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  • PSSAM Staff

HB 1317 Maryland Medical Assistance Program – Use of Reimbursement Funds

BILL: HB 1317

TITLE: Maryland Medical Assistance Program – Use of Reimbursement Funds

DATE: February 28, 2024

POSITION: Unfavorable

COMMITTEE: House Ways and Means Committee

CONTACT: Mary Pat Fannon, Executive Director, PSSAM

 

The Public School Superintendents’ Association of Maryland (PSSAM), on behalf of all twenty-four Maryland local school superintendents, opposes House Bill 1317.


This legislation would allow local school systems to use certain funds received for services provided under the Maryland Medical Assistance Program or the Maryland Children’s Health Insurance Program to provide certain positions, internships, and stipends.  


PSSAM opposes HB 1317’s restrictions on the uses of Medicaid reimbursement funding. Previously, Medicaid school-based reimbursements were limited due to federal regulations, however, that is changing. The federal government is in the process of making bold and expansive changes to allow school districts to use Medicaid funding in K12 educational settings. In an effort to take advantage of this increased federal flexibility and generous funding, the Maryland Department of Health (MDH) is completing its draft Medicaid State Plan Amendment to allow school systems to bill for services provided by school psychologists and social workers for all students, not just those with Individual Education Plans (IEPs). This is exciting for school districts who have seen an incredible uptick in the need for social and emotional support for students post-pandemic. 


We are aware of the concerns expressed by community health providers that this expanded Medicaid billing will infringe on their business model and treatment arena. We strongly urge the Committee to recognize that the mental health needs of our students goes well beyond what can be provided by school systems and community health providers combined - there is unfortunately an enormous amount of need with limited providers to help young people cope in this post-pandemic world. Therefore, it would be negligent to leave any federal funding on the table by limiting reimbursements, or limiting the use of reimbursement to the activities outlined in this bill.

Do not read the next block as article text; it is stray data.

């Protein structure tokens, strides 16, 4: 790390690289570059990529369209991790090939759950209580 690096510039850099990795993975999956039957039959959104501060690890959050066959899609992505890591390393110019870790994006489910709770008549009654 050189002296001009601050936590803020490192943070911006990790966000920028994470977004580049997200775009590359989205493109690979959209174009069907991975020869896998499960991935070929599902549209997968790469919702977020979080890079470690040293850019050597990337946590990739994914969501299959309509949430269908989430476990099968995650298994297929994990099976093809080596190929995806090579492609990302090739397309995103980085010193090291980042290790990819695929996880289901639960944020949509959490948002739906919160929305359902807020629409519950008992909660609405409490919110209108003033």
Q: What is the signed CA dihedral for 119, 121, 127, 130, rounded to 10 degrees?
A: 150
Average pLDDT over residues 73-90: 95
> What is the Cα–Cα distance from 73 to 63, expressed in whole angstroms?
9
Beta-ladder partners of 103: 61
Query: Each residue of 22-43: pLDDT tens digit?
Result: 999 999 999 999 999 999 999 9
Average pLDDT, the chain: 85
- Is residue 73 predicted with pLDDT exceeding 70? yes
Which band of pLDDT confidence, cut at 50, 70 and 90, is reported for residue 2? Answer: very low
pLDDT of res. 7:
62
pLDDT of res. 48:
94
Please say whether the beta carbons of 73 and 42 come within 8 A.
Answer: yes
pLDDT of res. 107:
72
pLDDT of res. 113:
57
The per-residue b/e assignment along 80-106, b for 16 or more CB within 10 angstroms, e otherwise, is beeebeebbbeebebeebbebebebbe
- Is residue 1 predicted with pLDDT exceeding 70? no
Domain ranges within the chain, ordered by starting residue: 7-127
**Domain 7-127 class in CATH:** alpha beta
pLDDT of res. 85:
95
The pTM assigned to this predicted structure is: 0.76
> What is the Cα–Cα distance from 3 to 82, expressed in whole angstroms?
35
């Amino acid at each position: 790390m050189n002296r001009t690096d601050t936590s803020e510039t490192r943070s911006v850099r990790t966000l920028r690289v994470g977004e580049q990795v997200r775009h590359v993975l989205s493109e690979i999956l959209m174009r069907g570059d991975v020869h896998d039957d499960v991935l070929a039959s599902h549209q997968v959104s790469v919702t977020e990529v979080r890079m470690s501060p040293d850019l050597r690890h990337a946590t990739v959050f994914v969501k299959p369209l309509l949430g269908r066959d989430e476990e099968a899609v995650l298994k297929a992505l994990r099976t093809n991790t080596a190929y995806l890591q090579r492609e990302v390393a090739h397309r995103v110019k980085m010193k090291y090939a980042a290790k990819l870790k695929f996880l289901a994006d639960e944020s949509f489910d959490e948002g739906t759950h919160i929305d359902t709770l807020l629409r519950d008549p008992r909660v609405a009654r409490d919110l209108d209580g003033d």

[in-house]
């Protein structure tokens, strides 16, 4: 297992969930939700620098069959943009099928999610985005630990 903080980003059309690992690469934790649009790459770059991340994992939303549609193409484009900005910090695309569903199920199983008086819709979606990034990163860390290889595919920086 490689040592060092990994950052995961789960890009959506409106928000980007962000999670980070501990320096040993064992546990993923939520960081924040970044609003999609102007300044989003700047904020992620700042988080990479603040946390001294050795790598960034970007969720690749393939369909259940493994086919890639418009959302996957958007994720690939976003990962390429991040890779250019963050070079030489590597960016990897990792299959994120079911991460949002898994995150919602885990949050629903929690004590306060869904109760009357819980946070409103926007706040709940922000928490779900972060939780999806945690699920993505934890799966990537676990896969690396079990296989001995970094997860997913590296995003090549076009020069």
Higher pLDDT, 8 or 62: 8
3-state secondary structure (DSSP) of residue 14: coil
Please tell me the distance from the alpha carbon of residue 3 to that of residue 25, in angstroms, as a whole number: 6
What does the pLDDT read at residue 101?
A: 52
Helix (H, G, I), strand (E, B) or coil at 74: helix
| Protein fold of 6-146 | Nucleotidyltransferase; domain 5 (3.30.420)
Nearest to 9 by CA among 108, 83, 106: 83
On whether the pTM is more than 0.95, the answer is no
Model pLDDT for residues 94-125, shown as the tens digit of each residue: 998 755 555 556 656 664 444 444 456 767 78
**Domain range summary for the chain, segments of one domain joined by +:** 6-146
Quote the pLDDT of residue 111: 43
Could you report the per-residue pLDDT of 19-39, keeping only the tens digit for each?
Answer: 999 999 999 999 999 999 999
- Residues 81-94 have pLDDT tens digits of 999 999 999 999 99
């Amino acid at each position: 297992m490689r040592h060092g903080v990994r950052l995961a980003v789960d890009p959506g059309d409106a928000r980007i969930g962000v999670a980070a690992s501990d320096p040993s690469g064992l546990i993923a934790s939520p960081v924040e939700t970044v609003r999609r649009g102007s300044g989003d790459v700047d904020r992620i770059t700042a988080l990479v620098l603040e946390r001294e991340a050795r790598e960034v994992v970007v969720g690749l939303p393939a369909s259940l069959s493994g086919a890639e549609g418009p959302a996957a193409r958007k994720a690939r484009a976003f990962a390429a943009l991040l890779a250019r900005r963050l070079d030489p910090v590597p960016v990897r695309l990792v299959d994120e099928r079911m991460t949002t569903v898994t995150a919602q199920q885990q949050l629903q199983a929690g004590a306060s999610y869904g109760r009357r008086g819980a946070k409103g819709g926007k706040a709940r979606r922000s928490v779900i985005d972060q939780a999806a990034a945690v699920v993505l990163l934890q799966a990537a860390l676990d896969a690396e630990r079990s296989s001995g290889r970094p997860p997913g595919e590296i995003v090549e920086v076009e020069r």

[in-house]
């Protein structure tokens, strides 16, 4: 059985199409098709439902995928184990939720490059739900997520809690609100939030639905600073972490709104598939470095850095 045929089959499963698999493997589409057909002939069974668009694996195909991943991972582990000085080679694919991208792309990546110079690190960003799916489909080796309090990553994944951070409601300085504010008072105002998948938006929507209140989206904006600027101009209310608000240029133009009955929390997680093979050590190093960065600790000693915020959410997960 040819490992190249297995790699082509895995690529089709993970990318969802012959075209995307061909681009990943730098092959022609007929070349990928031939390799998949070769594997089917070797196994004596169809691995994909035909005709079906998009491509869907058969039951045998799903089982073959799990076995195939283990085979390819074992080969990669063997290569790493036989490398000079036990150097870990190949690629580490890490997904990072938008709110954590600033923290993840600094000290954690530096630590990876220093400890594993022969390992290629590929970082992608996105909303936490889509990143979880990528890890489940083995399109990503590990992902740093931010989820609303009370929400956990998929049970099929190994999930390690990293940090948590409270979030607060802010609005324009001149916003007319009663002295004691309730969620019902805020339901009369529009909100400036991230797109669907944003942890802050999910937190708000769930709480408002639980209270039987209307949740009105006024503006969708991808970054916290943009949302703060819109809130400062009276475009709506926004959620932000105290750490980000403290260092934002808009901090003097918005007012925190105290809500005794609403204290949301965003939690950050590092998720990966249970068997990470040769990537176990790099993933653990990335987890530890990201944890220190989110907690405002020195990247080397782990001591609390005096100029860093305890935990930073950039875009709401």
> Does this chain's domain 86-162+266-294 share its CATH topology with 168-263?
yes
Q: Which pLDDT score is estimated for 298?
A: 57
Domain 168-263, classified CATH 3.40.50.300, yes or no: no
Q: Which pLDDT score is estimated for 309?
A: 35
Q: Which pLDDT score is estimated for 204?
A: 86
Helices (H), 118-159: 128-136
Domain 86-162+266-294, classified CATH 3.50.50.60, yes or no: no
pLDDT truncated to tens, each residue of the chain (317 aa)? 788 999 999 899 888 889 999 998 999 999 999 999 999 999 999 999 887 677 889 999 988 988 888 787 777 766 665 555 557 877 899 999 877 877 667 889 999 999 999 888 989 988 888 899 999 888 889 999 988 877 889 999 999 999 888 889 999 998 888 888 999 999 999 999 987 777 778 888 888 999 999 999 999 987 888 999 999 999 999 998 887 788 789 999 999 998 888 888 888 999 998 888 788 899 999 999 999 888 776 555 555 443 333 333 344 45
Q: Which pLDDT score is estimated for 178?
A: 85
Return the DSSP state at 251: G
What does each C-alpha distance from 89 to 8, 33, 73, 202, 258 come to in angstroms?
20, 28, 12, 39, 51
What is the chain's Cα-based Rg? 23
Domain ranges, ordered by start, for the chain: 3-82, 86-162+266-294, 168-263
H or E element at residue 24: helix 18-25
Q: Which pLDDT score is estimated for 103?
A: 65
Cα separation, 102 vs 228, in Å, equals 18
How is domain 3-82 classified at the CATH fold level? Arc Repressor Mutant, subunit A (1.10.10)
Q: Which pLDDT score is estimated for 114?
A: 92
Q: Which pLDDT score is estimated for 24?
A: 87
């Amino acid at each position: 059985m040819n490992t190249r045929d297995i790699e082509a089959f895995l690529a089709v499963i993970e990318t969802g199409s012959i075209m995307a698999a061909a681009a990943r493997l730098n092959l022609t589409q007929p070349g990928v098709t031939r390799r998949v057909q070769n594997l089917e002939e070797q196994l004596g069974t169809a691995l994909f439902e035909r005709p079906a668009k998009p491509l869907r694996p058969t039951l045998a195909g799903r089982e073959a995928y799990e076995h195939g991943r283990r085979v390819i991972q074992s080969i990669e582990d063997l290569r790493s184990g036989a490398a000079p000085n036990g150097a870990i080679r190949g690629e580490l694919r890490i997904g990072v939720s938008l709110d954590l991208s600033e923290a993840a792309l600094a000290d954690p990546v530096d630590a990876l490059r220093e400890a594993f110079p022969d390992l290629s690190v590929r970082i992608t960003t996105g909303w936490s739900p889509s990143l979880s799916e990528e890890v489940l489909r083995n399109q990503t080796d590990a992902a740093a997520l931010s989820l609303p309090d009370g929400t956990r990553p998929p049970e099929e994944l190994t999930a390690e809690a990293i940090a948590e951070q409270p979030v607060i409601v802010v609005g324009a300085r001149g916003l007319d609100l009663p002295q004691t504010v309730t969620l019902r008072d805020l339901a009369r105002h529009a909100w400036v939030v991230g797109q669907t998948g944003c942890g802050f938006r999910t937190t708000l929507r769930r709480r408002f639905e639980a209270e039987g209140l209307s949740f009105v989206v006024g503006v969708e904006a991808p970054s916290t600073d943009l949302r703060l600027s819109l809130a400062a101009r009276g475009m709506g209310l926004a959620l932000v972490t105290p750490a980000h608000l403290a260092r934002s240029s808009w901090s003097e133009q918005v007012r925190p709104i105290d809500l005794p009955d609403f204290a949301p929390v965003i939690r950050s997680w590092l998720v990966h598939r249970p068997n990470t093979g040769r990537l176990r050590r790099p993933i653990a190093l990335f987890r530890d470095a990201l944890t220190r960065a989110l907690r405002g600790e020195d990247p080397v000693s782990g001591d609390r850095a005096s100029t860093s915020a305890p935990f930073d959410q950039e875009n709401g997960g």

To further clarify this point, according to Montgomery County Public Schools (MCPS), this proposed legislation would have a significant negative impact on their special education budget. MCPS currently generates ~$4.7 million in Medicaid revenue, but under this bill, only approximately $1.1 million in services that are currently paid for out of these revenues would be allowable. As drafted, this legislation would not allow funding for many of the existing critical positions such as staff that directly support special education students, contractual speech pathologists and private duty nurses to provide direct services where there are staffing vacancies, payment for speech pathologists fees for recertification, and funding for university partnerships to create a pipeline for new speech pathologists to be employed by MCPS. Most of these positions cannot be cut due to a lack of funding, but would have to be paid through some other existing or newly requested budget source. These are people and activities that provide direct services to students, and ensure compliance with federal and state special education statutes and regulations. 


The bill also creates arbitrary disparities between the "providers" as defined in the bill and certified special education teachers, who bill Medicaid for direct services to special education students. These teachers would be ineligible for the stipend and other incentives set forth in the bill, despite the fact that special education teacher positions are a critical shortage area just as speech pathologists, psychologists, occupational and physical therapy positions. Thus, the unintended consequence of the bill would be to single out a specific group of employees when special education teachers have the same authority and ability to bill Medicaid as the "providers" defined in the bill. 


Lastly, the bill limits local educational agencies (LEA) by requiring funds to be spent in a specific way that may not meet the individual needs of each LEA. While some LEAs might have a need for speech pathologists and psychologists, others might need special educators that do not meet the definition of “provider” in the bill. Each LEA should be able to use its Medicaid revenue in a manner that meets the needs of their district.


For these reasons, PSSAM opposes House Bill 1317 and requests an unfavorable report.

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